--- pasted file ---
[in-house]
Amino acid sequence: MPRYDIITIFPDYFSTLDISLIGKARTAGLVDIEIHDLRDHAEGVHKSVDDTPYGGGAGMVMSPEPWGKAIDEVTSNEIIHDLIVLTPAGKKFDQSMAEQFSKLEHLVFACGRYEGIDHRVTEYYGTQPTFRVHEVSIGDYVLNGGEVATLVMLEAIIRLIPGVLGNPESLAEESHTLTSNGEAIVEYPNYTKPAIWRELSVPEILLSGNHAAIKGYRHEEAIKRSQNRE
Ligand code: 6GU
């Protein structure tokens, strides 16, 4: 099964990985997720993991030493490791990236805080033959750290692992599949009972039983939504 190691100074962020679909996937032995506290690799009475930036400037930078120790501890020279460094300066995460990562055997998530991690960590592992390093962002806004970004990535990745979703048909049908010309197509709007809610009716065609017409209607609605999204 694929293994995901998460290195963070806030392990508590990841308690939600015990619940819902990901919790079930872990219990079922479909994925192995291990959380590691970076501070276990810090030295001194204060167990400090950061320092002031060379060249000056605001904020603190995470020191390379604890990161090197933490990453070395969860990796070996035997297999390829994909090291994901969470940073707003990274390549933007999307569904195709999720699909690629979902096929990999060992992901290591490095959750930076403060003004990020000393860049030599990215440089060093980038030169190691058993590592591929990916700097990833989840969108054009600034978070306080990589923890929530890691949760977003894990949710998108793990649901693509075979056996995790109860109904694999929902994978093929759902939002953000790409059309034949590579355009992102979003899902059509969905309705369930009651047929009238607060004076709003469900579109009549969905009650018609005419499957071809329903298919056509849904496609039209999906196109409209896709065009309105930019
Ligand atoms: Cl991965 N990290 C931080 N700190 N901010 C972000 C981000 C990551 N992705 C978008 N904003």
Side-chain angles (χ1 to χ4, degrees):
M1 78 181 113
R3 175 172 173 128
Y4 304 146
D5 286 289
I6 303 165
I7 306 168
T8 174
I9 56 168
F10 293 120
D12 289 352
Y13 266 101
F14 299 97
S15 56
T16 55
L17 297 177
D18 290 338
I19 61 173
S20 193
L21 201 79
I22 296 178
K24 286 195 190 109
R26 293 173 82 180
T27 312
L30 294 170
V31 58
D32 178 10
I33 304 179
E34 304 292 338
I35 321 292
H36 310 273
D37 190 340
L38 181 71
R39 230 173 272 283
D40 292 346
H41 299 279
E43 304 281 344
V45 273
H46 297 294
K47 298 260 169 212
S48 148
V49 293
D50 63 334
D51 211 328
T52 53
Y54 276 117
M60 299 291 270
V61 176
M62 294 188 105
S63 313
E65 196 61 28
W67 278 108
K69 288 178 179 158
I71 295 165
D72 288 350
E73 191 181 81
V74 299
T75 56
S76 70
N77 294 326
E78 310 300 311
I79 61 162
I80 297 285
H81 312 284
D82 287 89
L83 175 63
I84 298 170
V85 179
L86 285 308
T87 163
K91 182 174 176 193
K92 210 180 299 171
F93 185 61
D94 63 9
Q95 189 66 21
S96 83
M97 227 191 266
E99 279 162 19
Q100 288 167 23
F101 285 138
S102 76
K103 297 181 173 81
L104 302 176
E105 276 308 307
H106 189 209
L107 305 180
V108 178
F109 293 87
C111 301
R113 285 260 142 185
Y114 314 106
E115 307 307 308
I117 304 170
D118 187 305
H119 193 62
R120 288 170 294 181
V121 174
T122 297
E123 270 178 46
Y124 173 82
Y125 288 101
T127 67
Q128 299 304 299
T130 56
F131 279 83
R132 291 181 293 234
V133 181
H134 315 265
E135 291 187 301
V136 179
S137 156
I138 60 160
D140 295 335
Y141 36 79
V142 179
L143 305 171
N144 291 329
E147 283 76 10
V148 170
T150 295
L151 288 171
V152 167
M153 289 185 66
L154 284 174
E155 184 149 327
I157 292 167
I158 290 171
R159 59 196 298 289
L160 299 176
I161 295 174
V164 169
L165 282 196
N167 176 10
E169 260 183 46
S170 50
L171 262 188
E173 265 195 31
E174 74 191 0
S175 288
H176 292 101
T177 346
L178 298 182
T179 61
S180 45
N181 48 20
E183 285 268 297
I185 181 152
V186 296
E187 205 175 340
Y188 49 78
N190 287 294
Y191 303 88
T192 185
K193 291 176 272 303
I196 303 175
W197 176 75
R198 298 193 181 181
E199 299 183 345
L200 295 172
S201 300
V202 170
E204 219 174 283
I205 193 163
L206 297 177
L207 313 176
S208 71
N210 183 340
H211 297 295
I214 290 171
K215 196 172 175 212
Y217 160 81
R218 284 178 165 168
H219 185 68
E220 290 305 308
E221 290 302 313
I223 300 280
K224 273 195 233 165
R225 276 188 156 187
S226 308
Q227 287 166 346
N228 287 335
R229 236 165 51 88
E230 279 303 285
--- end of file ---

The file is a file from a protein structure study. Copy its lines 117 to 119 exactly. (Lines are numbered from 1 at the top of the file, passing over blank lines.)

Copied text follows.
I138 60 160
D140 295 335
Y141 36 79